U.S. Department of Health and Human Services, Health Resources and Services Administration

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Digestive Disorders

Digestive disorders, or gastrointestinal diseases, include a number of conditions that affect the digestive system, including heartburn; constipation; hemorrhoids; irritable bowel syndrome; ulcers; gallstones; celiac disease (a genetic disorder in which consumption of gluten damages the intestines); and inflammatory bowel diseases, including Crohn’s disease (which causes ulcers to form in the gastrointestinal tract). Digestive disorders are estimated to affect 60–70 million people in the United States.1

While recent data are not readily available on the prevalence of many of these diseases by race and ethnicity or sex, it is estimated that 8.5 million people in the United States are affected by hemorrhoids each year; 2.1 million people are affected by irritable bowel syndrome; and gallstones affect 20.5 million people (data not shown).1

Peptic ulcers are most commonly caused by a bacterium called Helicobacter pylori (H. pylori). H. pylori weaken the mucous coating of the stomach and duodenum, allowing acids to irritate the sensitive lining beneath. In 2008, 8.6 percent of adults reported that they had ever been told by a health professional that they have an ulcer (data not shown). Among women, non-Hispanic American Indian/Alaska Native women were most likely to report having had an ulcer (16.7 percent), followed by non-Hispanic White (10.3 percent) and Hispanic women (7.4 percent). Asian women were least likely to report ever having had an ulcer (5.7 percent).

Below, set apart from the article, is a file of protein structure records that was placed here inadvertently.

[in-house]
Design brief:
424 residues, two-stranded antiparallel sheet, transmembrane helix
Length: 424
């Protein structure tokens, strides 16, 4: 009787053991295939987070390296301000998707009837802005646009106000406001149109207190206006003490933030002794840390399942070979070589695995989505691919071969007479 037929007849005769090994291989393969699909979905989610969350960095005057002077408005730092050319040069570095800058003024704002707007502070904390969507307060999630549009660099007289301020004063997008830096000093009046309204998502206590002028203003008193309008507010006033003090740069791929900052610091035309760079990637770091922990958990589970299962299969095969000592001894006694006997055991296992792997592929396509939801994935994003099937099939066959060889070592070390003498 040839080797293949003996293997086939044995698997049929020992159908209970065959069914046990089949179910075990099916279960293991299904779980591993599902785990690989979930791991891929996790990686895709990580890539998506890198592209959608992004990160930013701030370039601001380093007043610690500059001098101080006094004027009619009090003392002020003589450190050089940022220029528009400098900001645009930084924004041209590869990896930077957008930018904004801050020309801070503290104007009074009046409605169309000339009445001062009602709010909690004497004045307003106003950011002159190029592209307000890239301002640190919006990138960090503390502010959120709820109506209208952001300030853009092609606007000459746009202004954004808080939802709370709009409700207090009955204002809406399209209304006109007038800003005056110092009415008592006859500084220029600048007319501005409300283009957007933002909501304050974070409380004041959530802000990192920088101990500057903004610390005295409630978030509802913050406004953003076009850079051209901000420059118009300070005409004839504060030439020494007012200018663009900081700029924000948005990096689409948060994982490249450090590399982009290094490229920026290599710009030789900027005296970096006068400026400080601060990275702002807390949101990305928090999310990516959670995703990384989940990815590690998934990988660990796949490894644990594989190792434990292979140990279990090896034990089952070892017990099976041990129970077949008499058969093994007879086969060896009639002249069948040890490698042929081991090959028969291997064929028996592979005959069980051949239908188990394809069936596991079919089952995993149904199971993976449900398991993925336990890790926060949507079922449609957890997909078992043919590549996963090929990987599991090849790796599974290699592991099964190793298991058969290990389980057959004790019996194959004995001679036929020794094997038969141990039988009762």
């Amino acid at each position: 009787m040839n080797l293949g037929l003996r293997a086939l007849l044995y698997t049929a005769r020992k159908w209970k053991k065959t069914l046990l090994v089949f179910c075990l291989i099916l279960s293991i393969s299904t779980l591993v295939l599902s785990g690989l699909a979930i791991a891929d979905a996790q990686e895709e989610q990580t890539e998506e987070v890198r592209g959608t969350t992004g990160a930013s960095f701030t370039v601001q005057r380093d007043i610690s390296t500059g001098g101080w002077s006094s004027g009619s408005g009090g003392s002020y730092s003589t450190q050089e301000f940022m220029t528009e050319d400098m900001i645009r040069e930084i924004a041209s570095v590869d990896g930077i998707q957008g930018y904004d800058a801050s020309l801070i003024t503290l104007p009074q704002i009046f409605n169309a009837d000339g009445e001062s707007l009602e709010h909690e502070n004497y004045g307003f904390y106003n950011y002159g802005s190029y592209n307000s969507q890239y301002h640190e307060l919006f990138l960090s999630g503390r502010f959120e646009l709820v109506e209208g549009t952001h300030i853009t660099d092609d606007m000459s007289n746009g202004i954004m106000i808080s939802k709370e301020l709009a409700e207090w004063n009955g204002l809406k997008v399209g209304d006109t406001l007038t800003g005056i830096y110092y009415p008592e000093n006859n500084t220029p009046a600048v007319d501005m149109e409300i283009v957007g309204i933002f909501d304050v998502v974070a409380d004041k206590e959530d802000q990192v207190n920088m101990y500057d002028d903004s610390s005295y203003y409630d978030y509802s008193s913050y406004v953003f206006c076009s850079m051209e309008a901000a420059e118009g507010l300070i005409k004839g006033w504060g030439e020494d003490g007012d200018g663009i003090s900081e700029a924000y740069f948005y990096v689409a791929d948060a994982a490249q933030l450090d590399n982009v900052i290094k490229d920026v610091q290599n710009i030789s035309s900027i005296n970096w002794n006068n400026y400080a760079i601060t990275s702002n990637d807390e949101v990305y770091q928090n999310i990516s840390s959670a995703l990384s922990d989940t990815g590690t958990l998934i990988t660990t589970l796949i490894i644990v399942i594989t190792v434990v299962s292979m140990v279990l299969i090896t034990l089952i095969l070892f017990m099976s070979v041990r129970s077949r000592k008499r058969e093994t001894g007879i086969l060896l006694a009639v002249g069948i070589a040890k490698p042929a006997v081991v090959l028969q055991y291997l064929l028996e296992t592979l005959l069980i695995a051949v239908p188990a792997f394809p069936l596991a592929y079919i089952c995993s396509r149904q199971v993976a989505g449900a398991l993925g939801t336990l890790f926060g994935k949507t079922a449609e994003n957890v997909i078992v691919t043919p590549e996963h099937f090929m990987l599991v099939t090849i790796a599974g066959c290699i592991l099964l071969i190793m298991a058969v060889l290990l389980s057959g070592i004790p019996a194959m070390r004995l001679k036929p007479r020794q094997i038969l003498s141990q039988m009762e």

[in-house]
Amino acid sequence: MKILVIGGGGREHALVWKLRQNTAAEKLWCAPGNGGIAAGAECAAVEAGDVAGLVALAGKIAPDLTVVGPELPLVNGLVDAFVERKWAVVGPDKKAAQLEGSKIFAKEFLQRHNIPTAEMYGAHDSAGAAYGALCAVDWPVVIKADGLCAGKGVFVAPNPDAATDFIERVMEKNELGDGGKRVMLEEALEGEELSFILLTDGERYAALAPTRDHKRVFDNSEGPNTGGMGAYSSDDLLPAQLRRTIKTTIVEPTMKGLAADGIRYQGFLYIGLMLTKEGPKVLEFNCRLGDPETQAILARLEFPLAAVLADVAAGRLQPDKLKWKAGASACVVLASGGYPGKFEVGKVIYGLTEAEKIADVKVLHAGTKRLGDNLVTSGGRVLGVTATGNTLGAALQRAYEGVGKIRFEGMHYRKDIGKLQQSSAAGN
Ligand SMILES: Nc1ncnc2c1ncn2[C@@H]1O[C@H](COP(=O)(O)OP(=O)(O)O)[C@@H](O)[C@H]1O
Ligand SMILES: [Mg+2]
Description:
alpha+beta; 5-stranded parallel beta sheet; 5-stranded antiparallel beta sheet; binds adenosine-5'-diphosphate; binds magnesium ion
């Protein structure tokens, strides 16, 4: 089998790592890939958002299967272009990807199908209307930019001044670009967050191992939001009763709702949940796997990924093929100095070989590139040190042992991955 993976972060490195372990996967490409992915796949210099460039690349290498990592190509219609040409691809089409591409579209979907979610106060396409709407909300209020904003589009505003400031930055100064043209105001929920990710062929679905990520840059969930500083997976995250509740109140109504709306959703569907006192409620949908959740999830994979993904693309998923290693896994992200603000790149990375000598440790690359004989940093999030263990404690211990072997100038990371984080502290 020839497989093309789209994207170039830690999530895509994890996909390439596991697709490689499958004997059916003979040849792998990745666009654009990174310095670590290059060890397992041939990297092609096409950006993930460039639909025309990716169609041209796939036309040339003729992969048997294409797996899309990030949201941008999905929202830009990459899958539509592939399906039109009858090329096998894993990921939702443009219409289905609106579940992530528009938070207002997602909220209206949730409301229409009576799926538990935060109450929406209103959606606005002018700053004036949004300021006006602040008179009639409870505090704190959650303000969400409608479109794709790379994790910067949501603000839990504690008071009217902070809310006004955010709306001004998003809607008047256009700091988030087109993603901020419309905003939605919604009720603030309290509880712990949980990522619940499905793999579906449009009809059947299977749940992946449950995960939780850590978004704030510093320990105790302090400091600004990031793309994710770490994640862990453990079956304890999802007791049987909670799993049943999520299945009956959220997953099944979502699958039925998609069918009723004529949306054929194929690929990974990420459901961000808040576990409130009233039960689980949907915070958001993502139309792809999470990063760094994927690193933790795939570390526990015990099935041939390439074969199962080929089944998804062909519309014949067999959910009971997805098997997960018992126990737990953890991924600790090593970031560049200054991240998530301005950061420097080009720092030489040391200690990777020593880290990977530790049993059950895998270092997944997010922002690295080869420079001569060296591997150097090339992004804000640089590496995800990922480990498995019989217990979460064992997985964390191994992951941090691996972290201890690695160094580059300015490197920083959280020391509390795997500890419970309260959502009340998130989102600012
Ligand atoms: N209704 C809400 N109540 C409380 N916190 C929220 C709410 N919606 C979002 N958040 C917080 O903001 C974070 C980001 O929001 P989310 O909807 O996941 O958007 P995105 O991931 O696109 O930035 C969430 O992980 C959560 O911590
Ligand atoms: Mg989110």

In 2007, physicians reported that digestive disorders were the primary diagnosis in 2.9 percent of all visits made by women aged 18 and older, accounting for more than 14 million physician visits. The most common digestive disorder diagnosis was esophageal reflux (21.1 percent of physician’s visits for digestive disorders), followed by abdominal hernia (8.8 percent). Irritable bowel syndrome was the primary diagnosis in 6.6 percent of visits for digestive disorders, while constipation accounted for 5.1 percent of visits.

1 National Digestive Diseases Information Clearinghouse (NNDDIC). Digestive Diseases Statistics [online]. NIH Publication No. 06–3873. December 2005. http://digestive.niddk.nih.gov/statistics/statistics.htm, accessed 01/12/10.

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